U.S. Panel Backs Routine Lung CT Scans for Older, Heavy Smokers
Yearly testing will prevent some lung cancer deaths, experts conclude
MONDAY, July 29 (HealthDay News) -- A highly influential government panel of experts is recommending that older smokers at high risk of lung cancer receive annual low-dose CT scans to help detect and possibly prevent the spread of the fatal disease.
The The U.S. Preventive Services Task Force (USPSTF) concluded that the benefits to a very specific segment of smokers outweigh the risks involved in receiving the annual scans, said co-vice chair Dr. Michael LeFevre, a distinguished professor of family medicine at the University of Missouri.
Specifically, the task force recommended annual low-dose CT scans for current and former smokers aged 55 to 80 with at least a 30 "pack-year" history of smoking who have had a cigarette sometime within the last 15 years. The person also should be generally healthy and a good candidate for surgery should cancer be found, LeFevre said.
About 20,000 of the United States' nearly 160,000 annual lung cancer deaths could be prevented if doctors follow these screening guidelines, LeFevre said. Lung cancer found in its earliest stage is 80 percent curable, usually by surgical removal of the tumor.
"That's a lot of people, and we feel it's worth it, but there will still be a lot more people dying from lung cancer," he said. "That's why the most important way to prevent lung cancer will continue to be to convince smokers to quit."
Pack years are determined by multiplying the number of packs smoked daily by the number of years a person has smoked. For example, a person who has smoked two packs a day for 15 years has 30 pack years, as has a person who has smoked a pack a day for 30 years.
The USPSTF issued its draft recommendation Monday after a thorough review of previous research, and will take public comments on it until Aug. 26. A report summary will be published online July 30 in the Annals of Internal Medicine.
"I think they did a very good analysis of looking at the pros and cons, the harms and benefits," said Dr. Albert Rizzo, immediate past chair of the national board of directors of the American Lung Association. "They looked at a balance of where we can get the best bang for our buck."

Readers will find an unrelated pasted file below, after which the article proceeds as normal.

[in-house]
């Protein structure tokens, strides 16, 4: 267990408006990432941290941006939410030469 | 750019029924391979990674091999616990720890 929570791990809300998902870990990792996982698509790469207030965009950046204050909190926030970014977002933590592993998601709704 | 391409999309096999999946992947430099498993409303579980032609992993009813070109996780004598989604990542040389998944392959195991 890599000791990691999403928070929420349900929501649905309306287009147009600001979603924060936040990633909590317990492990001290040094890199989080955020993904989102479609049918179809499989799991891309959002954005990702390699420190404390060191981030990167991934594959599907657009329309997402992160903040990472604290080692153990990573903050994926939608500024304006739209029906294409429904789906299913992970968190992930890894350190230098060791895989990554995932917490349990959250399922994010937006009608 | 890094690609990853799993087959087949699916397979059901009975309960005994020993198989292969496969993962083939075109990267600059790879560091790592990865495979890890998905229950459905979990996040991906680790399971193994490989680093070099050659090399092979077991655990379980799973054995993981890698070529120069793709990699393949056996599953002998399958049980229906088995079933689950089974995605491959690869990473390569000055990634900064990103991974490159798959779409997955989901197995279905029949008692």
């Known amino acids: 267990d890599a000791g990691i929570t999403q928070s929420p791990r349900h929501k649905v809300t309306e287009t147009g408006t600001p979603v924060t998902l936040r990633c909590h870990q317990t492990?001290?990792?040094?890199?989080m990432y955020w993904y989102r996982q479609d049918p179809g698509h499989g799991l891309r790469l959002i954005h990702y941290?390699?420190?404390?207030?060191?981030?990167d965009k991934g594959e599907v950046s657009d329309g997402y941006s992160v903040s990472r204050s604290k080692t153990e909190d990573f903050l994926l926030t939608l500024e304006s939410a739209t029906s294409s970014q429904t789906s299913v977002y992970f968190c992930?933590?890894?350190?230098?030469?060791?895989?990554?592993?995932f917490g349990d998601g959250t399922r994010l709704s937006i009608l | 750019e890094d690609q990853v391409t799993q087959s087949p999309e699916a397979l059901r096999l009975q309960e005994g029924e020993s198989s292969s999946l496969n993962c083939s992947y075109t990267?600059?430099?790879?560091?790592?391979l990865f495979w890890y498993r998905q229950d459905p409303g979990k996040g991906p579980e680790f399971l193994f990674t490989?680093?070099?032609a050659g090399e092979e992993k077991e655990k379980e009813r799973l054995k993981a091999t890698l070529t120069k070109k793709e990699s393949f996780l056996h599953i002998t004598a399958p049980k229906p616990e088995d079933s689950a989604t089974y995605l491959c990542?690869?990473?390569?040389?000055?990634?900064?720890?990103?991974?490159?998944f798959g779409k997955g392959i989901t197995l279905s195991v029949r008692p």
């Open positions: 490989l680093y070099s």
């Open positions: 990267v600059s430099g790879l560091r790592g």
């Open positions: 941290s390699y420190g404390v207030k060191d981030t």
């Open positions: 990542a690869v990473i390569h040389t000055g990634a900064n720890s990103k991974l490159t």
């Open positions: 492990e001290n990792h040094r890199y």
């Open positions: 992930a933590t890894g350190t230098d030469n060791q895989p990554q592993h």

The USPSTF is an independent volunteer panel of national health experts who issue evidence-based recommendations on clinical services intended to detect and prevent illness.
The task force has previously ruled on mammography, PSA testing and other types of screening. It reports to the U.S. Congress every year and its recommendations often serve as a basis for federal health care policy. Insurance companies often follow USPSTF recommendations as well.
Weighing heavily in the task force's latest decision were the results from the National Cancer Institute's 2011 National Lung Screening Trial. That study, which involved more than 53,000 smokers across the United States, found that annual low-dose CT screenings could prevent one of five lung cancer deaths.
The guidelines revolve around who is at highest risk for lung cancer and who would be able to benefit most from early detection.
Smoking is the biggest risk factor for lung cancer, and causes about 85 percent of lung cancers in the United States. The risk for developing lung cancer increases with age, with most lung cancers occurring in people aged 55 and older.
However, the task force decided to limit CT screenings just to people who either still smoke or quit smoking within the past 15 years. "If you quit more than 15 years ago, because the risk of lung cancer goes down every year from the time you quit smoking, we would take you out of that high-risk category," LeFevre said.
The task force also had to weigh the benefits of early cancer detection against the potential harm caused by regular exposure to radiation from the CT scans, said recommendation co-author Dr. Linda Humphrey, a professor of medicine and clinical epidemiology at Oregon Health & Science University and associate chief of medicine at the Portland VA Medical Center.
"The radiation associated with low-dose CT is on the order of the radiation associated with mammography," Humphrey said. "It's not a short-term risk, it's a long-term risk."
She added that there are a fair number of false positives involved in CT scans for lung cancer. These can be resolved through screening, but that adds to the number of radiation exposures a patient will receive.
The panel also had to weigh whether their recommendation would send the message to smokers that they now don't have to quit because screening measures will prevent their death from lung cancer.
"The main message of all this should be that you should stop smoking," said former lung association board chair Rizzo, who is section chief of pulmonary/critical care medicine at Christiana Care Health System in Newark, Del.
"If you have started and you can't quit, there is an ability to screen for that early lung cancer, but the screening does not mean we're going to catch the cancer before it does you harm," Rizzo said. "This is not an excuse for people to keep smoking, simply because they think they can get screened adequately."
The U.S. Centers for Disease Control and Prevention has more about lung cancer risk factors.